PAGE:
That’s why I usually encourage people to live a lifestyle: a life in which you face what is important to you rather than avoid it. But there is one caveat when it comes to re-engaging with a difficult person from your past, whether they are an estranged family member or an ex: only do it if you believe they will eventually will prove to be healing.

The best way to find out is to think about your long-term goals and the facts at hand. Would you like this person to be a source of emotional support? Are you just hoping to get some emotion off your chest? Is it realistic to believe that this will happen? Think about whether you will feel better if you do any of the above. If you’re not sure, try making a list of the pros and cons of contacting and not contacting.

One thing that is important in all circumstances is taking your own emotional temperature. If you are feeling particularly lonely or struggling with intense negative emotions, as many of us do during the pandemic, you know that you are at a higher risk of acting impulsively than you might otherwise be. I’ve never had a client who regretted waiting to send an angry email or text a long-lost lover at 1am

Q Is there ever a time when the past should stay in the past? A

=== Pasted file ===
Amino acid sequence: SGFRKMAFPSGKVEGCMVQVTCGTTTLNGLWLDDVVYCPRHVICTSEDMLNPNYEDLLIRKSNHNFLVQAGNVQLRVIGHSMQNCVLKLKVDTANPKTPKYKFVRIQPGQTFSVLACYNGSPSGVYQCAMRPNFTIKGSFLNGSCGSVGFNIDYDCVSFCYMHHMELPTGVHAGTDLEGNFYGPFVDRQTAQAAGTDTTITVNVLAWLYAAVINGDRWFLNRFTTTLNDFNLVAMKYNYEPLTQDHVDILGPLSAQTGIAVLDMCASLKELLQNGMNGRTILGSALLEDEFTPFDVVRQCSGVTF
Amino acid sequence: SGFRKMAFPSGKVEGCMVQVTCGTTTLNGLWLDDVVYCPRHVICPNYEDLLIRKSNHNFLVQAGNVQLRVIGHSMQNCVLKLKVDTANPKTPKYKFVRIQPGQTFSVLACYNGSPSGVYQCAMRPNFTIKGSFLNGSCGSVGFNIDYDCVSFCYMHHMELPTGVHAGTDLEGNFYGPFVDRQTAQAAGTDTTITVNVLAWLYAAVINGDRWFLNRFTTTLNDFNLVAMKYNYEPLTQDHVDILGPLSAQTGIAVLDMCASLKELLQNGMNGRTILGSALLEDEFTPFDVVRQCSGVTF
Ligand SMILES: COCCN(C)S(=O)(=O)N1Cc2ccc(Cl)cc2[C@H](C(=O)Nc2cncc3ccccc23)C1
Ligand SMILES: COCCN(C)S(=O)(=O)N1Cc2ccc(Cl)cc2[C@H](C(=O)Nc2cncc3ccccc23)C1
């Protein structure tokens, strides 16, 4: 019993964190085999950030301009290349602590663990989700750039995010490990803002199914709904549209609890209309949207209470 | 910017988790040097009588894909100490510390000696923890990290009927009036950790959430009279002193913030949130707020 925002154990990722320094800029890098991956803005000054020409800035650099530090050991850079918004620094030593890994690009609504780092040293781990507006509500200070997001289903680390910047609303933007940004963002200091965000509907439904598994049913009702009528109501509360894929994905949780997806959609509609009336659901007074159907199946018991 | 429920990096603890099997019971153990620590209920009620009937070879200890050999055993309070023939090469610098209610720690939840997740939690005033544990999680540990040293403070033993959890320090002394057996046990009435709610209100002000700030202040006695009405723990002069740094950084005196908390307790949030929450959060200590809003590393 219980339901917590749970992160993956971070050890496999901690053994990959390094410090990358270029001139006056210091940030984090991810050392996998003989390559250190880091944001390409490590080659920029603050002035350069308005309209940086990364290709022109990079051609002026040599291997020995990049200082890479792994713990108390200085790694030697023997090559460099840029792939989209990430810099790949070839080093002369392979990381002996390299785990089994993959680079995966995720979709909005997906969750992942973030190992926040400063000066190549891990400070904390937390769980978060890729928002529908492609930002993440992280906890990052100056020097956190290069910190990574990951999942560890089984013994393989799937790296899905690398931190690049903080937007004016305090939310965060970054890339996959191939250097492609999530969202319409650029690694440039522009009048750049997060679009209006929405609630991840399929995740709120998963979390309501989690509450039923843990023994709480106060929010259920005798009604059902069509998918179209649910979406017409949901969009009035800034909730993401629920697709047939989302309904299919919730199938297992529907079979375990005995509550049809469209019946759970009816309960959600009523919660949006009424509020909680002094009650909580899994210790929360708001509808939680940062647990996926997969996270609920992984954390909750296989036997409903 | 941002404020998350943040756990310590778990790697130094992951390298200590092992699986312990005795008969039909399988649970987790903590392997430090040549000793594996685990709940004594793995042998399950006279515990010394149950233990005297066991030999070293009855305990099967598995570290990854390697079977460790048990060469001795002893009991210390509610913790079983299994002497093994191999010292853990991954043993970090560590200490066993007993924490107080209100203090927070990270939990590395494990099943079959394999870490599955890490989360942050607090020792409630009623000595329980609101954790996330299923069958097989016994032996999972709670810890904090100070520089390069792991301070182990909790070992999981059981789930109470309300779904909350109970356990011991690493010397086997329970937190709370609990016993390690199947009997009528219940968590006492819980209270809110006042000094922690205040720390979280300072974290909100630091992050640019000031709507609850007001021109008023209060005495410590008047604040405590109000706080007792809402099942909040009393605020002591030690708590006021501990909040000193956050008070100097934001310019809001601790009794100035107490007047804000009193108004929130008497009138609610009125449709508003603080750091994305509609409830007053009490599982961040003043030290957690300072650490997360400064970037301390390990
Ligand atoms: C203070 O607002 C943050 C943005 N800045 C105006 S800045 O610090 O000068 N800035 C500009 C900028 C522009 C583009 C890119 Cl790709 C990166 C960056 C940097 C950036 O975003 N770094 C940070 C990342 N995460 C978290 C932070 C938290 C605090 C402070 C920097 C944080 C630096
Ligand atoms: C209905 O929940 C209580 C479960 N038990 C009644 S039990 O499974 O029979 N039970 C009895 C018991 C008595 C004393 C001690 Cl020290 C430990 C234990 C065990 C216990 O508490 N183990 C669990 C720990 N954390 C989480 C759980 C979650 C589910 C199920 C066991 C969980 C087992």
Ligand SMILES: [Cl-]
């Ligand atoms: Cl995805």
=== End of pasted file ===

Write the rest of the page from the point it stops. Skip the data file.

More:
Depends on. If you’ve tried repeatedly to talk to someone who kept firing you, you have two options:

1. You can reconsider the way you approach the person to see if you can get a more satisfactory result. If you’ve tried to get in touch before, it doesn’t mean it’s not worth trying again, especially if you change your strategy.

2. You can decide that it is time to radically accept the hurt, that it has more to do with you than you and your worth, and that it is healthy to maintain some emotional distance. It can also be helpful to ask yourself what your life should be like and who you want it to be. When you know for sure that the person will not be able to offer you what you need, it may make sense to walk away for reasons of self-compassion.